Moses, under the inspiration of the Holy Spirit, described the importance of sacrifice in Leviticus 17:11, “For the life of the flesh is in the blood, and I have given it to you on the altar to make atonement for your souls; for it is the blood by reason of the life that makes atonement.” During the Ten Days of Awe, we understand that we are marching toward the holiest day of the Jewish year, the day on which the most important sacrifice of the year—for the sins of the nation of Israel—would take place. This season of the year, initiated by the sounding of the shofar, is consummated with the Yom Kippur sacrifice.
However, the idea of sacrifice and blood atonement is not easy for us twenty-first-century people to understand. Why did the Lord, our God, require the blood of bulls, rams, and lambs as the price to fellowship with Him? Part of the answer is the concept that sacrifice includes a cost to someone—a cost that reminds us there is a price for sin.
Disobedience to the Lord degrades our relationships with God and one other. But there is more to it, and broken relationships call our hearts and minds to consider the biblical principle of substitution. Throughout the Hebrew Scriptures, and until the destruction of the Temple in the year 70 AD, the principle of substitutionary sacrifice was understood to restore a balance that the presence of sin had upset. The innocent substitute acts as the means through which shalom (peace or completeness) is reestablished between the sinner and God. Therefore, the primary purpose of sacrifice is to allow the estranged person to be drawn once more into unbroken fellowship with God.
However, traditional post-Temple Judaism has a problem, and understands that there is something missing! Since the destruction of the Temple, sacrifice could no longer be made because the one and true altar in the Temple was gone. How, then, do Jewish people find reconciliation with God?
The sages declared that, in the days without the Temple, Judaism rested upon three pillars—prayer, repentance, and acts of mercy. However, at the time, these three elements were thought to work in conjunction with the sacrifices. Today, because we do not have the Temple or an altar, these three are actually said to take the place of substitutionary sacrifice.
Yet, Jewish memory is not so easy to erase, which is why some observant Jews carry out an obscure ritual called kapporot (“covering”). For this ritual, the head of the household will take a live kosher hen or rooster and slaughter it. He will swing the body around his head three times while reciting, “This is my exchange, my substitute, my atonement; this rooster (or hen) shall go to its death, but I shall go to a good, long life and to peace.” The fowl, which is sometimes stuffed with coins, is given to the poor for food.
For followers of Yeshua, neither sacrifices in the Temple nor any other means of reconciliation are needed beyond that of Messiah, whose once-and-for-all sacrifice is more than sufficient to satisfy our need for atonement, provided we receive this priceless gift through our faith in Him. The writer of the letter to the Hebrews reminds us:
But when Messiah appeared as a high priest of the good things to come, He entered through the greater and more perfect tabernacle, not made with hands, that is to say, not of this creation; and not through the blood of goats and calves, but through His own blood, He entered the holy place once for all, having obtained eternal redemption. For if the blood of goats and bulls and the ashes of a heifer sprinkling those who have been defiled sanctify for the cleansing of the flesh, how much more will the blood of Messiah, who through the eternal Spirit offered Himself without blemish to God, cleanse your conscience from dead works to serve the living God? For this reason He is the mediator of a new covenant, so that, since a death has taken place for the redemption of the transgressions that were committed under the first covenant, those who have been called may receive the promise of the eternal inheritance. (Hebrews 9:11–15)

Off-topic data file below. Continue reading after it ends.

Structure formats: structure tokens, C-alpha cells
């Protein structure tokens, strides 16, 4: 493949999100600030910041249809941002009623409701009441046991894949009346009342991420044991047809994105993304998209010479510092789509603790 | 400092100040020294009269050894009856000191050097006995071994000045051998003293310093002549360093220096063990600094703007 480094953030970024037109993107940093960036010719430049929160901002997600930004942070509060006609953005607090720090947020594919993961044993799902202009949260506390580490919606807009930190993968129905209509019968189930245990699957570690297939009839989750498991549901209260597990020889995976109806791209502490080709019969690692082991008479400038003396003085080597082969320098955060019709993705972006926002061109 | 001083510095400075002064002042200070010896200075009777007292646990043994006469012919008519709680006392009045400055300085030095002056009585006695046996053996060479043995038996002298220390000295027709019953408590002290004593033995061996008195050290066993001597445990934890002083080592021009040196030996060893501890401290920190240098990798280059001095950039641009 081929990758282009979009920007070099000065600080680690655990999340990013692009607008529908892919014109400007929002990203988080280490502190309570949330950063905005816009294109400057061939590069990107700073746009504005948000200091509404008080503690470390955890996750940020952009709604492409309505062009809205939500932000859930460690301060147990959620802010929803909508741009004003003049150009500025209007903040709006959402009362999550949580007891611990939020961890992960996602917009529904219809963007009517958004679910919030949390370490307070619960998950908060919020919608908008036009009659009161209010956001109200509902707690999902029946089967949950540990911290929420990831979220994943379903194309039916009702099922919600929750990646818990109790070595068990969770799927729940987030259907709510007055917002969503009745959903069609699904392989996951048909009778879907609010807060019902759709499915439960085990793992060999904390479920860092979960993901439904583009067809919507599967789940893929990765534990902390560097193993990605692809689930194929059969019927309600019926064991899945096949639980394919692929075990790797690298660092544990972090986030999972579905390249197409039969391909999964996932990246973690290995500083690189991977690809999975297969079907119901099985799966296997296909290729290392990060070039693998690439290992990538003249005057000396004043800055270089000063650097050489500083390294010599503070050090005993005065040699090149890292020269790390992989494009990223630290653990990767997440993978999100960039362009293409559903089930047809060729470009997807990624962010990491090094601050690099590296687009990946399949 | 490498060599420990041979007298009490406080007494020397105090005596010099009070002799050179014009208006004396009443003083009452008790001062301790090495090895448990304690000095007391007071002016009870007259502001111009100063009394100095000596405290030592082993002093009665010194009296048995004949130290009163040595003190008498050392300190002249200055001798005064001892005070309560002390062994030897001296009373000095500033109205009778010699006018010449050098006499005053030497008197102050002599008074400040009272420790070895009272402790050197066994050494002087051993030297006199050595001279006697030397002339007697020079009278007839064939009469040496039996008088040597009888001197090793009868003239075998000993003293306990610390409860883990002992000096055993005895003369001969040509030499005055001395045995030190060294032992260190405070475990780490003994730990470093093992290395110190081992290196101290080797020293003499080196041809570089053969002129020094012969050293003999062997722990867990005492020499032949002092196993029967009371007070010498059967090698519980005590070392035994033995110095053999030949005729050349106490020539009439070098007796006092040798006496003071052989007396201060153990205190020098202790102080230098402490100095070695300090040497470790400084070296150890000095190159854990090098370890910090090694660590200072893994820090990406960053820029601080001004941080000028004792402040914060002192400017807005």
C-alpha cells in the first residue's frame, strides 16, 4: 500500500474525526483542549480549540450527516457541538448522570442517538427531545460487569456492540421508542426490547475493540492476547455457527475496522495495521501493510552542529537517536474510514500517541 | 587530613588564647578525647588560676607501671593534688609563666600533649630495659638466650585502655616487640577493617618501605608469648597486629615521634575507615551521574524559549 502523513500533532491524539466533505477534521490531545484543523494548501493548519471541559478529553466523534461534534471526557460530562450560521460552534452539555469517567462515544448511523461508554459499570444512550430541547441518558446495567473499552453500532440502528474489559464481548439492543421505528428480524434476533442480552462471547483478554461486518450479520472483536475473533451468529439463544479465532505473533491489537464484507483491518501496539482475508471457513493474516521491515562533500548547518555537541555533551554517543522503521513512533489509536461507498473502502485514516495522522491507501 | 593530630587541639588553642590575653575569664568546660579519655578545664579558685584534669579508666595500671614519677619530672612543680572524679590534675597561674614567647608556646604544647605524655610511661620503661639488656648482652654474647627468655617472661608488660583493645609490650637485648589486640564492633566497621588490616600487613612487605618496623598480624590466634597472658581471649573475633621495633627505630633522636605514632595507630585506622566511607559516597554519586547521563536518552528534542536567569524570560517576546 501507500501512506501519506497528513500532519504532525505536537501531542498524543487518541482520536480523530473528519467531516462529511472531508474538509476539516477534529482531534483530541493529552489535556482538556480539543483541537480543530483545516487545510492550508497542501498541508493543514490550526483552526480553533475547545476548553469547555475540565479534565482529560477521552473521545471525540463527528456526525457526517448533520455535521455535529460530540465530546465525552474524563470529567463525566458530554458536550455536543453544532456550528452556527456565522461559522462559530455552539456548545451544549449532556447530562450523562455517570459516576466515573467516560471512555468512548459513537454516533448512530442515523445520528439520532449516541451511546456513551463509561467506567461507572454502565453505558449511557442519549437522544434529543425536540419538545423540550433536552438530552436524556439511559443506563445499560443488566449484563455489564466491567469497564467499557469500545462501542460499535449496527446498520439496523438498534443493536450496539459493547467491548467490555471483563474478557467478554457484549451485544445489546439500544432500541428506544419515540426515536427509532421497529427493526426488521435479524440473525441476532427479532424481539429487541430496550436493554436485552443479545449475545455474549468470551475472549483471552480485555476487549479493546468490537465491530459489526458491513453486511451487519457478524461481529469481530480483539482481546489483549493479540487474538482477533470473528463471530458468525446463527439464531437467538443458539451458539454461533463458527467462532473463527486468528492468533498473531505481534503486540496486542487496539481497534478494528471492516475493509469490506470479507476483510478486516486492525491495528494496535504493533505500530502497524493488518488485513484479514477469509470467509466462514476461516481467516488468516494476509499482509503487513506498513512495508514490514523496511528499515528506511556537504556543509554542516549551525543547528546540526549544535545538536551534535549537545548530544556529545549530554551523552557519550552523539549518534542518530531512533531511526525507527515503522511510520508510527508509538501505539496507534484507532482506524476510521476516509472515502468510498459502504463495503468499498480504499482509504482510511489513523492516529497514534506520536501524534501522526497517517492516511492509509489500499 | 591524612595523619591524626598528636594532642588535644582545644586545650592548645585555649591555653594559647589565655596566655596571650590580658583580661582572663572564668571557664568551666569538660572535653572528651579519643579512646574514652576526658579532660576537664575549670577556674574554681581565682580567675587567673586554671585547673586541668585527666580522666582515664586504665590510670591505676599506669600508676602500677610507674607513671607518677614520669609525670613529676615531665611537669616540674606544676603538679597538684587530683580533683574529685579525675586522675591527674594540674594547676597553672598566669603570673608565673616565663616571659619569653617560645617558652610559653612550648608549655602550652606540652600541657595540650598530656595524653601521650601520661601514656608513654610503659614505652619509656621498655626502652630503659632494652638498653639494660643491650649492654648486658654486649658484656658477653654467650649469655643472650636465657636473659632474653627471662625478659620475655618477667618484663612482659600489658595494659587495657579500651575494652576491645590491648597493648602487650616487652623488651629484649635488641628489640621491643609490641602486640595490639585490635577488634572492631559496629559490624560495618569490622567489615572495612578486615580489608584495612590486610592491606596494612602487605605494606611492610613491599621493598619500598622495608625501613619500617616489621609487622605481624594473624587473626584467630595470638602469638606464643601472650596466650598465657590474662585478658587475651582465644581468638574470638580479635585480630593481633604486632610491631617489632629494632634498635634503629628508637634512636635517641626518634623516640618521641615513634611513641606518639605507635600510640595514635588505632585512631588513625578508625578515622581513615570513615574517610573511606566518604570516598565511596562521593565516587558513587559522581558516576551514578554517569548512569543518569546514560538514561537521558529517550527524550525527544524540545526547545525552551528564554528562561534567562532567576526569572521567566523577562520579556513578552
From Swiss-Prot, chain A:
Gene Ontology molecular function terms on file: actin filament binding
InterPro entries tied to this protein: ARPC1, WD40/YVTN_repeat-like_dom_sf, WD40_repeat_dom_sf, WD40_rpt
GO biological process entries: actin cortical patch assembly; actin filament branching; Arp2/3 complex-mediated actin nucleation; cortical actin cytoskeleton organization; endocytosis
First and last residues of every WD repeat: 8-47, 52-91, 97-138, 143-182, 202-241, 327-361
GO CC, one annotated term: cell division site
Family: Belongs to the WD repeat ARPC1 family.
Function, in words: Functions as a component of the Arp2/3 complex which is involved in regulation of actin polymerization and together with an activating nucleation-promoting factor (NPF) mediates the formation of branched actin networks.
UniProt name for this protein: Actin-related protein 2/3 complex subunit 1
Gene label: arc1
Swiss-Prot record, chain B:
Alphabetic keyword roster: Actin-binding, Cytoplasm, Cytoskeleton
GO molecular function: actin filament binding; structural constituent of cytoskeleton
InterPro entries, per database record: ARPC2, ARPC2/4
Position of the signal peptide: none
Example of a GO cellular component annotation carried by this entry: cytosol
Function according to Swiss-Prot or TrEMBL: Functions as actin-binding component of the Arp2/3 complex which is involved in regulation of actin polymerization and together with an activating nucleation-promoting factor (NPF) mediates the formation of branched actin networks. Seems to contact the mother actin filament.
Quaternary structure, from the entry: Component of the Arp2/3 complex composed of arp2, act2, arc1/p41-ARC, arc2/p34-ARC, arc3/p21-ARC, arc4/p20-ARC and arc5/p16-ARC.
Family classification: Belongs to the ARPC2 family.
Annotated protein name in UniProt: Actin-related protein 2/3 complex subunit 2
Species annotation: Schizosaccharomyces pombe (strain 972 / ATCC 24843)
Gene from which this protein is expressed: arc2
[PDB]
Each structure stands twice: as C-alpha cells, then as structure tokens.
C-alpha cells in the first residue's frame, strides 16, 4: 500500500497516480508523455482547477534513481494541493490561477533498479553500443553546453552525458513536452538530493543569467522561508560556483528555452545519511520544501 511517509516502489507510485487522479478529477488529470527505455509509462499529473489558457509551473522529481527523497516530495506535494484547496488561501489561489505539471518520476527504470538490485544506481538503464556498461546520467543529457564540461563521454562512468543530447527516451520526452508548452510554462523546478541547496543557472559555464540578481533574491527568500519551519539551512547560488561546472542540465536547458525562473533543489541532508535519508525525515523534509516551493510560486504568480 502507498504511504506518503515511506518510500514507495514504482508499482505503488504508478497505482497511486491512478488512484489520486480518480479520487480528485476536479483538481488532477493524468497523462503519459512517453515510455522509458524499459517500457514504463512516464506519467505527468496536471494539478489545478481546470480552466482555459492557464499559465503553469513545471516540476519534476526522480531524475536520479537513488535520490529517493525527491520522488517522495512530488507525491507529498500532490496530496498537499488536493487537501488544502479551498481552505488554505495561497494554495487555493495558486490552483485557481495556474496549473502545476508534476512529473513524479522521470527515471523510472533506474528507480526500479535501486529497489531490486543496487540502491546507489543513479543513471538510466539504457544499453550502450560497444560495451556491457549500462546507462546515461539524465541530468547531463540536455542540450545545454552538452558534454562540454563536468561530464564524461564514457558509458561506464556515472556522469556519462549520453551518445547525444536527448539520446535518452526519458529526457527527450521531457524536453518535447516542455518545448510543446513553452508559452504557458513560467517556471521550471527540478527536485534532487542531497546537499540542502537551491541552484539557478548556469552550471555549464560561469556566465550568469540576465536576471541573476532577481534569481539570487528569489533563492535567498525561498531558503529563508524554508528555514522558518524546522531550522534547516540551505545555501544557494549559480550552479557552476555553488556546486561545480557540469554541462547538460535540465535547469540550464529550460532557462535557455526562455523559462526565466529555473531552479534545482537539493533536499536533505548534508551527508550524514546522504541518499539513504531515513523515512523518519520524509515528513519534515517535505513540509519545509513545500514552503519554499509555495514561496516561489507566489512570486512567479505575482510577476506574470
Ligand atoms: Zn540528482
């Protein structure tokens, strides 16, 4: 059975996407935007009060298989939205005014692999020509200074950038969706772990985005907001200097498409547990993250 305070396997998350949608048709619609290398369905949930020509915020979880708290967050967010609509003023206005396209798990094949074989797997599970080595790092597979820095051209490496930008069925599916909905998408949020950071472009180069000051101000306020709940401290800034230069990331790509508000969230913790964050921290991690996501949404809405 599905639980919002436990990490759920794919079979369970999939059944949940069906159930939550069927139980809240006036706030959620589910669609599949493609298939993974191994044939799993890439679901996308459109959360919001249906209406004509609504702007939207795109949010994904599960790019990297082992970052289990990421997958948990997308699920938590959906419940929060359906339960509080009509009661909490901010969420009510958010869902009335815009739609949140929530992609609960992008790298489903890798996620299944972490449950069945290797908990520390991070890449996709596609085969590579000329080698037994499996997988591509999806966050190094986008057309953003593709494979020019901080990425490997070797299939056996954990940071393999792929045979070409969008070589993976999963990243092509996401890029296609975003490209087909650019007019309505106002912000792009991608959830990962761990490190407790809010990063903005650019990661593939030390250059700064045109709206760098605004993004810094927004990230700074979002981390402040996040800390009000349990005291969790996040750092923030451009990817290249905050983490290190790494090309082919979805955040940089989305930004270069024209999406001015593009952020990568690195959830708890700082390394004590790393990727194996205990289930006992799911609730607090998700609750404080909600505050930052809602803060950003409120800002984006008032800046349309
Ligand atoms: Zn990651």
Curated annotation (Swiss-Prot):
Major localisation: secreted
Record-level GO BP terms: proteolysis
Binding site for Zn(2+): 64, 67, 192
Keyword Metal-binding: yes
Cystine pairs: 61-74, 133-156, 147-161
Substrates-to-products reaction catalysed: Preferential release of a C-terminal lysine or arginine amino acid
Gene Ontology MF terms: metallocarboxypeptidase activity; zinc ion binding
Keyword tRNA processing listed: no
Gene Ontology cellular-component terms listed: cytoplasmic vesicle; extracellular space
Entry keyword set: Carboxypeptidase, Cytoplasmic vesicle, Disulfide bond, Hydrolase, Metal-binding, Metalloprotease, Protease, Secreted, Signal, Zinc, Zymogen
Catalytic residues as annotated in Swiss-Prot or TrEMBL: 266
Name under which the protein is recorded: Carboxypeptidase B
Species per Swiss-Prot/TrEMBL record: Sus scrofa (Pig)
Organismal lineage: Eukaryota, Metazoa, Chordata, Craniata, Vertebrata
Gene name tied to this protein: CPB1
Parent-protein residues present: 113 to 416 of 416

“Jewish Practices and Rituals: Sacrifices and Offerings (Karbanot),” Jewish Virtual Library, accessed September 18, 2014, https://www.jewishvirtuallibrary.org/jsource/Judaism/qorbanot.html.
 Richard Schwartz, “The Custom of Kapparot,” Jewish Virtual Library, accessed September 18, 2014, https://www.jewishvirtuallibrary.org/jsource/Judaism/kapparot.html.
I encourage you to meditate on the above passages of Scripture to help you again appreciate the wonder of God’s love in sending His Son to be our once-for-all atonement for sin. He did for us what we could never do for ourselves, and whether you are Jewish or part of some other religious faith, if you rely upon your own efforts to please God, you will assuredly fail. We know this in the depth of our souls. We understand that we need our guilt lifted and it is only through the power of His sacrificial atonement that we can be forgiven and enjoy peace with God forever more.
Abba, thank You for the once-for-all sacrifice of Yeshua the Messiah! Please fill us anew with the wonder of the love that You showed when You gave your one and only son to atone for our sin. Help the whole world—Jew and Gentile alike—to recognize how utterly incapable we are of earning salvation for ourselves and to receive what has been purchased at so high a cost. We praise You for your faithfulness to wipe away all our guilt, forgive us, and give us shalom!